Ninth Circuit puts food labeling challenge on hold pending FDA action.
- As food industry stakeholders are well aware, “natural” claims invite the risk of consumer class action challenges in the absence of any formal regulatory definition or regime to govern the use of the term. Similarly, food companies also have faced challenges related to the use of the term, “evaporated cane juice” on product labels, with plaintiffs citing to a 2009 FDA Draft Guidance that states “FDA’s view that the term ‘evaporated cane juice’ is not the common or usual name of any type of sweetener, including dried cane syrup.”
- On March 24, the Ninth Circuit issued a ruling in a challenge related to the labeling of Chobani yogurt. Citing the doctrine of primary jurisdiction, the court ordered the challenge to be stayed pending FDA’s completion of “proceedings” regarding the use of the terms, “evaporated cane juice” and “natural” in food labeling. The court’s reference to “ongoing FDA proceedings” means FDA’s November 2015 solicitation of public comment on the use of the term “natural” in food labeling, and the Agency’s July 2015 statement that it anticipated issuing final guidance on the use of term, “evaporated cane juice” by the end of 2016.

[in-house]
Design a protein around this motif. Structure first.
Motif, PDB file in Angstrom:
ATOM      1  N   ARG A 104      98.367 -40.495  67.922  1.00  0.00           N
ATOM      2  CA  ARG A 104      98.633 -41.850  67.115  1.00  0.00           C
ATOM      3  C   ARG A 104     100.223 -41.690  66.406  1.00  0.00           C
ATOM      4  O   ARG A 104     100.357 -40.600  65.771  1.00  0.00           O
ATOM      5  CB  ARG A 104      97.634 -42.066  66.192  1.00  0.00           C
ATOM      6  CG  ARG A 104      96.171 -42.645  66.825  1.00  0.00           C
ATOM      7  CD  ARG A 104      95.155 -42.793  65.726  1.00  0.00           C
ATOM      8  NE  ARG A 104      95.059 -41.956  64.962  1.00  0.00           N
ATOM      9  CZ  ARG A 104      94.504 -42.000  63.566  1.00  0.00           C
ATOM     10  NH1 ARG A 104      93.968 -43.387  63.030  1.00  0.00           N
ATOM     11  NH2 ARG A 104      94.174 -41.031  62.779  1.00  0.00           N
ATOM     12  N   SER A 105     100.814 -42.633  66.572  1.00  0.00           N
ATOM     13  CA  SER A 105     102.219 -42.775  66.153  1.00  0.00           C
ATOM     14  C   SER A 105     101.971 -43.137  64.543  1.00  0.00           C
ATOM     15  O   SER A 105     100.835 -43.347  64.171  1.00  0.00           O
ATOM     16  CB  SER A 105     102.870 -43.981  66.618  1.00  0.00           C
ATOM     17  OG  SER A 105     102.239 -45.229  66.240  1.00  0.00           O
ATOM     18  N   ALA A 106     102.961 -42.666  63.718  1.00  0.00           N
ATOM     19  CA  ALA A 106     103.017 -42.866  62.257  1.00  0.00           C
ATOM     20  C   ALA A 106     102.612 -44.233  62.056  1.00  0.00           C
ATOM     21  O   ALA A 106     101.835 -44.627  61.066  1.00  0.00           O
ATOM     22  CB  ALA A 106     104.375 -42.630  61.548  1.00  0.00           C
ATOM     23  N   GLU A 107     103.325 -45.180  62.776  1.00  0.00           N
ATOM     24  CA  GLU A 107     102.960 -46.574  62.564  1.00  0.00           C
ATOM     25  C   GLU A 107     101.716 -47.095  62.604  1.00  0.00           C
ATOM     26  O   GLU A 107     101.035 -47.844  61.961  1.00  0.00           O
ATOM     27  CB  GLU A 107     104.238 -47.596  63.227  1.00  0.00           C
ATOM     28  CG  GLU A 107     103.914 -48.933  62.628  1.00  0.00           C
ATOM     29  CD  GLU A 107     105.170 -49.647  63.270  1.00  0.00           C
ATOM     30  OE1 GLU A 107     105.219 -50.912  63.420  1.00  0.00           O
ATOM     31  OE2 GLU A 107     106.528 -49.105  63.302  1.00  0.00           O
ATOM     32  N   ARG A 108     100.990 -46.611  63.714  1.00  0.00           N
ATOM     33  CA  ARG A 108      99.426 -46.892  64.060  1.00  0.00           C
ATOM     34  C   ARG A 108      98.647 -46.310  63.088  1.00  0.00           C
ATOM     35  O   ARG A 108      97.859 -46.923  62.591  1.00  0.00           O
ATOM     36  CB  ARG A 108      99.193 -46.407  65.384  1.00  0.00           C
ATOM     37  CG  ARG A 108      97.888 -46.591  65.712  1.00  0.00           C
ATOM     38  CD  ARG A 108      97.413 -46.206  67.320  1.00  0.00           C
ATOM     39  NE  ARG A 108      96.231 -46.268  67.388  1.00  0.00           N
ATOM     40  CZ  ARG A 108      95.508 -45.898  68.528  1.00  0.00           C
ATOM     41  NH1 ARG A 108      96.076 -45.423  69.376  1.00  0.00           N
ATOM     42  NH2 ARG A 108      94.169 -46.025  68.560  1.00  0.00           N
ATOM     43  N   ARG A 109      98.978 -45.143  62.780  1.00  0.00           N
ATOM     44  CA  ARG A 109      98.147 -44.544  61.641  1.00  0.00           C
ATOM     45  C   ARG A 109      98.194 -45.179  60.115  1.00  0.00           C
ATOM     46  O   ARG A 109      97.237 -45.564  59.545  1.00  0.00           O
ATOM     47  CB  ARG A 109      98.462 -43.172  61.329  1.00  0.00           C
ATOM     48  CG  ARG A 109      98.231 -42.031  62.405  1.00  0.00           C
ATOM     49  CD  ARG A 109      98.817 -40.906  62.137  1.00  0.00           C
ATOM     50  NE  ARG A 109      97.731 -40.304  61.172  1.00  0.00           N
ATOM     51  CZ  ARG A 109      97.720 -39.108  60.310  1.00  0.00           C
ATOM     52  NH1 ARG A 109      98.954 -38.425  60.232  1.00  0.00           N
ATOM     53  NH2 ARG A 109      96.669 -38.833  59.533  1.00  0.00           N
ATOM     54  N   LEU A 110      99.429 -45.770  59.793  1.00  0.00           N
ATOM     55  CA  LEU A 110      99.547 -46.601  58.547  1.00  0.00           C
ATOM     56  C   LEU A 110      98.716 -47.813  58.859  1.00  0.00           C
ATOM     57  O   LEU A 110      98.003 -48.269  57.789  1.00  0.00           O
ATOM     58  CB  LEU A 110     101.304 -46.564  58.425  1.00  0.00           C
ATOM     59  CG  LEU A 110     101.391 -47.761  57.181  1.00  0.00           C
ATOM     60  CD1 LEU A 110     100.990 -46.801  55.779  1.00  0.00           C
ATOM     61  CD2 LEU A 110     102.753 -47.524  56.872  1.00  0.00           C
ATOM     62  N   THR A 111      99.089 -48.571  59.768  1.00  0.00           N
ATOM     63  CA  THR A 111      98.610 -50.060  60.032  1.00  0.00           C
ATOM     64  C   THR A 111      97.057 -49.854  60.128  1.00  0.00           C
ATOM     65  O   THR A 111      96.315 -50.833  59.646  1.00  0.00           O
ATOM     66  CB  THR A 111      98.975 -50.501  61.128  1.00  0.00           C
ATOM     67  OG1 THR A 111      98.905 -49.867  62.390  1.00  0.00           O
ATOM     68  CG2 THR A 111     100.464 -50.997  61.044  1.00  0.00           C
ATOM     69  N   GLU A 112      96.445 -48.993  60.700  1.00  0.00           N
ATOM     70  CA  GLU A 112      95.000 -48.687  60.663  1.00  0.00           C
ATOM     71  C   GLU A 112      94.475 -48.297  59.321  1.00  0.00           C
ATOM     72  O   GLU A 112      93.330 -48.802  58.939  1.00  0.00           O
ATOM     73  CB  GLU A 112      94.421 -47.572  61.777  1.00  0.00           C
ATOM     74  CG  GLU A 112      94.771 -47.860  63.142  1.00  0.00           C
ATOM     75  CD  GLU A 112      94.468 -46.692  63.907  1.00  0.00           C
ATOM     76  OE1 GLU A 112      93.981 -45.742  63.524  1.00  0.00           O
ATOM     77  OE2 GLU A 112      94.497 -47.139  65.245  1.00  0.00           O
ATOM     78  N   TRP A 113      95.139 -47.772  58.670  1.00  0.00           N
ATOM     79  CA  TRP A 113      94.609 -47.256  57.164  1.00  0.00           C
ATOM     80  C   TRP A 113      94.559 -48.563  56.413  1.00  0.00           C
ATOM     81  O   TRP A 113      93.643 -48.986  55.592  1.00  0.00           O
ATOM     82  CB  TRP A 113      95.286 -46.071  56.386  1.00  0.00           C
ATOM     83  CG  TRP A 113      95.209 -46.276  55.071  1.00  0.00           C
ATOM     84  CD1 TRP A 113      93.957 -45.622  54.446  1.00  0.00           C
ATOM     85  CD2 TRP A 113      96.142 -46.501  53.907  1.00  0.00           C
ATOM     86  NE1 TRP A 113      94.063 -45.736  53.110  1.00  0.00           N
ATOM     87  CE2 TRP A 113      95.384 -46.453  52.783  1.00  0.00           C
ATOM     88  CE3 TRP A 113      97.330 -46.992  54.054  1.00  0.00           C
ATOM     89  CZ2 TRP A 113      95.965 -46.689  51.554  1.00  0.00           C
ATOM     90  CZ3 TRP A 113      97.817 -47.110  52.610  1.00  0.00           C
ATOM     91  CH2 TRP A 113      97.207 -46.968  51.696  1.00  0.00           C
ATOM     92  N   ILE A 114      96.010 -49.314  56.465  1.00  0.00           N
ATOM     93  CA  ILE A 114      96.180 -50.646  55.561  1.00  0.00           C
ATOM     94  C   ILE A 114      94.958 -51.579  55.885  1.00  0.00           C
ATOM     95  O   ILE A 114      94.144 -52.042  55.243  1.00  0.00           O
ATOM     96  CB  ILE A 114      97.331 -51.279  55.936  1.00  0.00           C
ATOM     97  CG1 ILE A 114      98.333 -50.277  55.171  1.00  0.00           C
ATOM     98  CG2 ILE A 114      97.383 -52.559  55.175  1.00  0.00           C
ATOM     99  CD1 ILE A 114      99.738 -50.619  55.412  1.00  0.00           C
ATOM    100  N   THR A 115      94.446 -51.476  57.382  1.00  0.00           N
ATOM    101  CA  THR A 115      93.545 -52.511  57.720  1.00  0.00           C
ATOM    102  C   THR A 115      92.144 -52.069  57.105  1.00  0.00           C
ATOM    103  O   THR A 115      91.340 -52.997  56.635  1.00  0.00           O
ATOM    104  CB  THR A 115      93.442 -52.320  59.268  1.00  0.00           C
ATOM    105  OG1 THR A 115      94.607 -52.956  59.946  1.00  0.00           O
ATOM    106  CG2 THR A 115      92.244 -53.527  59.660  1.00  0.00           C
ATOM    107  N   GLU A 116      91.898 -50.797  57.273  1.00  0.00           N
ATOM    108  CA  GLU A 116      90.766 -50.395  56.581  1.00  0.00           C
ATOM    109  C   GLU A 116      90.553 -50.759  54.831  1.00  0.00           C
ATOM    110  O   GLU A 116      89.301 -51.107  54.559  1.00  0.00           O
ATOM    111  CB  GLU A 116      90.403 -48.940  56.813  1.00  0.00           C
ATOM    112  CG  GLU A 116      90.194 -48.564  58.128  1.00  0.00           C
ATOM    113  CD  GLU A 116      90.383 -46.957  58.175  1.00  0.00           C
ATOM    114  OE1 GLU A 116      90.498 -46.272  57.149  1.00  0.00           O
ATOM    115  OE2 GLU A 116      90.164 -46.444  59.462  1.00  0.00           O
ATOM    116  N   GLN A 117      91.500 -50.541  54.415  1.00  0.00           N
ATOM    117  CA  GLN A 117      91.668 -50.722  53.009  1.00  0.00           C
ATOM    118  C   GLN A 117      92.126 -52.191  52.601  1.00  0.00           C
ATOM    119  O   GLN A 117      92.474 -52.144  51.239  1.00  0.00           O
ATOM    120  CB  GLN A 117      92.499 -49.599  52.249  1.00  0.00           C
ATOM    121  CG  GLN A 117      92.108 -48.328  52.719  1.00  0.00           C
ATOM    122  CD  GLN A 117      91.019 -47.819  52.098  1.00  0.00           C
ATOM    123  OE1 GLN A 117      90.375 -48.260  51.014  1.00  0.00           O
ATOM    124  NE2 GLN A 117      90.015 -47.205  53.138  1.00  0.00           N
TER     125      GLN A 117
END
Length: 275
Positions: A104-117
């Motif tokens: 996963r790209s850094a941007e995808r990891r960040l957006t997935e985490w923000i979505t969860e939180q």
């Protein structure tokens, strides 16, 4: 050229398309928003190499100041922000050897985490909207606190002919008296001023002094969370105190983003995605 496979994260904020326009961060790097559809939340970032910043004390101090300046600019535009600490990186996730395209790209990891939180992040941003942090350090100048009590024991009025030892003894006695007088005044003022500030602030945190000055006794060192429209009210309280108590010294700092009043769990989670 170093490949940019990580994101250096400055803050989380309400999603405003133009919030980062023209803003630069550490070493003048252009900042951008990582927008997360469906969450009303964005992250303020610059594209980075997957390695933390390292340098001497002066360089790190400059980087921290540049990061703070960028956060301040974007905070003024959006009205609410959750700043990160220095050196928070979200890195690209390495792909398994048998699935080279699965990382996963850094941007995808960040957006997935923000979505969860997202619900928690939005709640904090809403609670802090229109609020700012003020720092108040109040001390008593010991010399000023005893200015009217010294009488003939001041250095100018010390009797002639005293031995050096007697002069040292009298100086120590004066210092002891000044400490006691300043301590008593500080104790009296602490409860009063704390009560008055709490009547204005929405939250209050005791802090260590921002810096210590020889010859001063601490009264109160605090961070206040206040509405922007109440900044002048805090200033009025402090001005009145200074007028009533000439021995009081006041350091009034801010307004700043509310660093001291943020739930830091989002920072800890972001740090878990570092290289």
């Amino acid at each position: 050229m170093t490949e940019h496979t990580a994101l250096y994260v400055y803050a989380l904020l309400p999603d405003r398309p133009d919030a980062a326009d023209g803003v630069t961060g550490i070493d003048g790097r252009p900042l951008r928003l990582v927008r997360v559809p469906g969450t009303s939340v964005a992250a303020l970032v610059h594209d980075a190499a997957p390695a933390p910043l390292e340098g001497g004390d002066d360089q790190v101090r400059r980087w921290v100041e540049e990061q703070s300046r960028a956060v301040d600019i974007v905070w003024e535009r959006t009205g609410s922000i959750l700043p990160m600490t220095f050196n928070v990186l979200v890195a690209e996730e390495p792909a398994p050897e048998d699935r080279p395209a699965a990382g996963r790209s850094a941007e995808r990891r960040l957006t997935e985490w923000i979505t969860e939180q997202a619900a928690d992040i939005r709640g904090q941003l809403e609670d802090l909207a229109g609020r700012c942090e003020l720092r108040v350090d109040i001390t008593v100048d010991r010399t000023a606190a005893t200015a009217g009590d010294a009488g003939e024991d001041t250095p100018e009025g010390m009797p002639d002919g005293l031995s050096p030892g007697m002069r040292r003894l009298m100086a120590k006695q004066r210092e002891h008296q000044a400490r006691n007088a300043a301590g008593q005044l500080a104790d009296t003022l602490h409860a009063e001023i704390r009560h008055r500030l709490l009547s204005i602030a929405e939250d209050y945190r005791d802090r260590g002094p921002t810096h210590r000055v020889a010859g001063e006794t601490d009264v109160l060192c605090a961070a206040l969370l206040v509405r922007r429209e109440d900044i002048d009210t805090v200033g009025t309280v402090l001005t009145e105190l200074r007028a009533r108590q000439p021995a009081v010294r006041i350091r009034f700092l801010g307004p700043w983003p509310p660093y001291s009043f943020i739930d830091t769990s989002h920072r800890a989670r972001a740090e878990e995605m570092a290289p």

- Although the Ninth Circuit ruling directly affects only the Chobani case, many believe that it may result in the broader issuance of stays in similar class action lawsuits. However, in key footnote language, the ruling indicates that the stay need not be permanent if FDA takes too long to act on these matters. Specifically, the court noted “that the duration of the stay remains within the sound discretion of the district court. If future events render the FDA’s apparently imminent resolution of the ‘evaporated cane juice’ and ‘natural’ issues illusory, such events should inform the district court’s exercise of its discretion.” Thus, the reprieve granted by this ruling may be time-limited. Particularly as many expect future FDA action on “natural” claims (if any) to take several years, it remains to be seen how long trial courts actually may be willing to wait and see.